A NATIONAL BESTSELLER
In perilous times, facts, expertise, and truth are indispensable. President Trump’s flagrant disregard for the truth and his self-aggrandizing exaggerations, specious misstatements, and bald-faced lies have been rigorously documented and debunked since the first day of his presidency by The Washington Post’s Fact Checker staff.
Donald Trump and His Assault on Truth is based on the only comprehensive compilation and analysis of the more than 16,000 fallacious statements that Trump has uttered since the day of his inauguration. He has repeated many of his most outrageous claims dozens or even hundreds of times as he has sought to bend reality to his political fantasy and personal whim.
Drawing on Trump’s tweets, press conferences, political rallies, and TV appearances, The Washington Post identifies his most frequently used misstatements, biggest whoppers, and most dangerous deceptions. This book unpacks his errant statements about the economy, immigration, the impeachment hearings, foreign policy, and, of critical concern now, the coronavirus crisis as it unfolded.
Fascinating, startling, and even grimly funny, Donald Trump and His Assault on Truth by The Washington Post is the essential, authoritative record of Trump’s shocking disregard for facts.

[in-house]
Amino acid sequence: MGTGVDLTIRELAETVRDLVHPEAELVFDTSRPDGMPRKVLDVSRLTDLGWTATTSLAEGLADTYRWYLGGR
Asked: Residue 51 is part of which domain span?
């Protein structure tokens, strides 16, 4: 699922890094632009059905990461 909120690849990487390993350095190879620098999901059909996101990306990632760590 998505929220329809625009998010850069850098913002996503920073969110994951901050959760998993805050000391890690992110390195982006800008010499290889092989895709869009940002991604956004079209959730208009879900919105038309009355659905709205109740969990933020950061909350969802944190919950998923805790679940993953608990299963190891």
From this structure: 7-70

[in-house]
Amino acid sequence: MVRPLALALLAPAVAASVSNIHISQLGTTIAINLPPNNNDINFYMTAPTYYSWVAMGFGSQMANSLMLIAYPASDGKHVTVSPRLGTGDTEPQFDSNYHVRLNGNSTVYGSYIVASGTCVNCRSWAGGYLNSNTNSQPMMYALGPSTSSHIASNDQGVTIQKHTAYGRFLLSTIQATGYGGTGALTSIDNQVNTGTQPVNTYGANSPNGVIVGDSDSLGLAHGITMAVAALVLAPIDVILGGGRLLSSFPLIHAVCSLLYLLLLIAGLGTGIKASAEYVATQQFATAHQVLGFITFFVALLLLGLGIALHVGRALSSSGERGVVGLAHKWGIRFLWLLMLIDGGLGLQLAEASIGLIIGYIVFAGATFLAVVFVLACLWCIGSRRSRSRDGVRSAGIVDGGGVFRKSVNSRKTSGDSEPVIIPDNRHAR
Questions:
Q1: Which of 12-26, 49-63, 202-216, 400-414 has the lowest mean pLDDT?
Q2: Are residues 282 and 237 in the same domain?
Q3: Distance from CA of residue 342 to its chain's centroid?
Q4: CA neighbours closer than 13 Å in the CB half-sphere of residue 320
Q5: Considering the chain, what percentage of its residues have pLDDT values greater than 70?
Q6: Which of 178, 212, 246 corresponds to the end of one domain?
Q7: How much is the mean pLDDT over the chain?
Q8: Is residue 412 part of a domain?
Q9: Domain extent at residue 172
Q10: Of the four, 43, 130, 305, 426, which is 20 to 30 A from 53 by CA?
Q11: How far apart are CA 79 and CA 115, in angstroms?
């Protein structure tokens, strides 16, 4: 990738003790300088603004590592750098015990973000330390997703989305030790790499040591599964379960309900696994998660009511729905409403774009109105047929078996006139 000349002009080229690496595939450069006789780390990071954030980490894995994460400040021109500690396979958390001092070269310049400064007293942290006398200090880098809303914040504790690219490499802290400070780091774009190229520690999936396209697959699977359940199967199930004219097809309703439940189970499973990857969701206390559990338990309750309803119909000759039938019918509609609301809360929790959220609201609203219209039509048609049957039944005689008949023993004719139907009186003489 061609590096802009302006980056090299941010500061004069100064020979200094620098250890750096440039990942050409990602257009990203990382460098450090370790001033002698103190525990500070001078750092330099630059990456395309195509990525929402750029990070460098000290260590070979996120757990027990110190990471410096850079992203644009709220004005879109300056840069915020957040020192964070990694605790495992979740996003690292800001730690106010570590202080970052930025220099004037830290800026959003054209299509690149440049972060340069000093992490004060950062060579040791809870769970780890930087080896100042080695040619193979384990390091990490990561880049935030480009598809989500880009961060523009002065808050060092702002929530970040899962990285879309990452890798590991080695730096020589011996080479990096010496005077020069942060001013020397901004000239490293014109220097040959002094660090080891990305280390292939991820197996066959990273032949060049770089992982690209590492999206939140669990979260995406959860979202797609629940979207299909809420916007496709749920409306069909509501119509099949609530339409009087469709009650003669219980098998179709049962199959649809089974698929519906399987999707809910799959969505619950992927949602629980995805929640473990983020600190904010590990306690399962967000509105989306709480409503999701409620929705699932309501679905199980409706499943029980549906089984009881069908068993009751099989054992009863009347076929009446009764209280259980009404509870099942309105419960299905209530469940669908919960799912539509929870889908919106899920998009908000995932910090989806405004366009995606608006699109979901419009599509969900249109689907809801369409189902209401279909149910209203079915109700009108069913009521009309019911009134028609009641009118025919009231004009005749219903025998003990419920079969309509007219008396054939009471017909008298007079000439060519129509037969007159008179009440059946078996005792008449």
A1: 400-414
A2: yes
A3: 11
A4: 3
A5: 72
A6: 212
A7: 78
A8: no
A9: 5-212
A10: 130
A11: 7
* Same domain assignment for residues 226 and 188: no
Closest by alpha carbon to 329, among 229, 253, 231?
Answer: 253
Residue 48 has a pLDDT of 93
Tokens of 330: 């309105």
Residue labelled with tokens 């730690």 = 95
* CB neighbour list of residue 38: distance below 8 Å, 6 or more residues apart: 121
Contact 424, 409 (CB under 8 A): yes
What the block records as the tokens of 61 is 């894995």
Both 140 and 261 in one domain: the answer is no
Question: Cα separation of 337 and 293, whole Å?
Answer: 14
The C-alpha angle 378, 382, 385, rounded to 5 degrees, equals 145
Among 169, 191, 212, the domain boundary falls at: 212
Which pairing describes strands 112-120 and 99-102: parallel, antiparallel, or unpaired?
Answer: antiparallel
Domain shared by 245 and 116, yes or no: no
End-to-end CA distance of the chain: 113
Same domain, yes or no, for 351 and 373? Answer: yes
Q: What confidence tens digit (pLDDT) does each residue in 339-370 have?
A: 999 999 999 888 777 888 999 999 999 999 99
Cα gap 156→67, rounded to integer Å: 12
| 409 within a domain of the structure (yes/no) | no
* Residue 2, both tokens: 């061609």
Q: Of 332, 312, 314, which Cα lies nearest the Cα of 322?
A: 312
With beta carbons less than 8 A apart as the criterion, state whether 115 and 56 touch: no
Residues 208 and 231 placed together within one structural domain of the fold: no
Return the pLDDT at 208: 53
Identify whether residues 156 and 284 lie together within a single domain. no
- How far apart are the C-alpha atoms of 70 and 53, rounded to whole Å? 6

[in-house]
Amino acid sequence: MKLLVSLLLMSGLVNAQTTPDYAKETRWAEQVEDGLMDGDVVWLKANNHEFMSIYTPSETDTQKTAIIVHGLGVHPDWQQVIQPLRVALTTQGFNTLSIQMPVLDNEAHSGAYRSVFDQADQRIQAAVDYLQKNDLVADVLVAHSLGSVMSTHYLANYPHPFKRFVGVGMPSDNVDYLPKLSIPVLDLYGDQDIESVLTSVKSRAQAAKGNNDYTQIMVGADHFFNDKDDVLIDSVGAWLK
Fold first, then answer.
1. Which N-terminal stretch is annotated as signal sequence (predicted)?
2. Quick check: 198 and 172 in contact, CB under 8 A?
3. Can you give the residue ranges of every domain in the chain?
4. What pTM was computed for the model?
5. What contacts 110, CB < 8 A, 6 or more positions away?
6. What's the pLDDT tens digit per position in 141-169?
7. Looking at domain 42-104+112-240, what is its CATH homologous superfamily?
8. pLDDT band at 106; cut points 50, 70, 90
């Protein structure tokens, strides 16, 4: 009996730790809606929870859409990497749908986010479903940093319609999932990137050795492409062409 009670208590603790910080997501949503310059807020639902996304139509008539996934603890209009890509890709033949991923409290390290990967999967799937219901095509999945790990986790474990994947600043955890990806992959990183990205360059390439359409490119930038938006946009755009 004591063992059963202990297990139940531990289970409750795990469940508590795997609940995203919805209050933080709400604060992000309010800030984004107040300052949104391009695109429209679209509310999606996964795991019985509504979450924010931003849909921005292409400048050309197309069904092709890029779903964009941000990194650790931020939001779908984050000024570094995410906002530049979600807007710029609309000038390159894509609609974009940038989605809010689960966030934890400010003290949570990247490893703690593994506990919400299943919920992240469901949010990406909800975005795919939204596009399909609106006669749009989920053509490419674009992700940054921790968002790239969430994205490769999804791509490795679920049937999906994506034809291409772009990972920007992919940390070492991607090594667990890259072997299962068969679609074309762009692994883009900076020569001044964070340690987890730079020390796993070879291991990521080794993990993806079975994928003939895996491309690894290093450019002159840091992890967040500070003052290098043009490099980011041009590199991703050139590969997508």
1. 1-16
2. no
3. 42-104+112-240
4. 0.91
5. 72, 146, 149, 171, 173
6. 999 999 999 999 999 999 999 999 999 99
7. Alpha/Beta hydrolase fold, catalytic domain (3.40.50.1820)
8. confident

President Trump made 16,241 "false or misleading" statements between taking office on Jan. 20, 2017, and Jan. 20, 2020, according to the staff of the Washington Post's Fact Checker. In this comprehensive yet stultifying survey, Fact Checker editor Glenn Kessler and reporters Salvador Rizzo and Meg Kelly document Trump's "most egregious and important false claims" (Mexico will pay for the border wall), as well as more obscure distortions (he negotiated peace between Ethiopia and Eritrea), explain why they're off-base, and look for patterns to understand why and how he twists the truth and how it's affected his presidency. The authors also discuss the difficulties of applying the Fact Checker's "Pinocchio scale" (one Pinocchio for "selective telling of the truth"; four for "a whopper"), which was created in 2007 to evaluate specific claims made in order to advance policy agendas, to a president whose supporters seem unperturbed by his "constant stream" of falsehoods and exaggerations. Though illustrated with insightful sidebars and graphs, the book's analysis doesn't go far beyond noting that Trump's mendacity has roots in his real estate and entertainment careers, and is not the liability it would be for other politicians. Readers will be more exhausted than enlightened.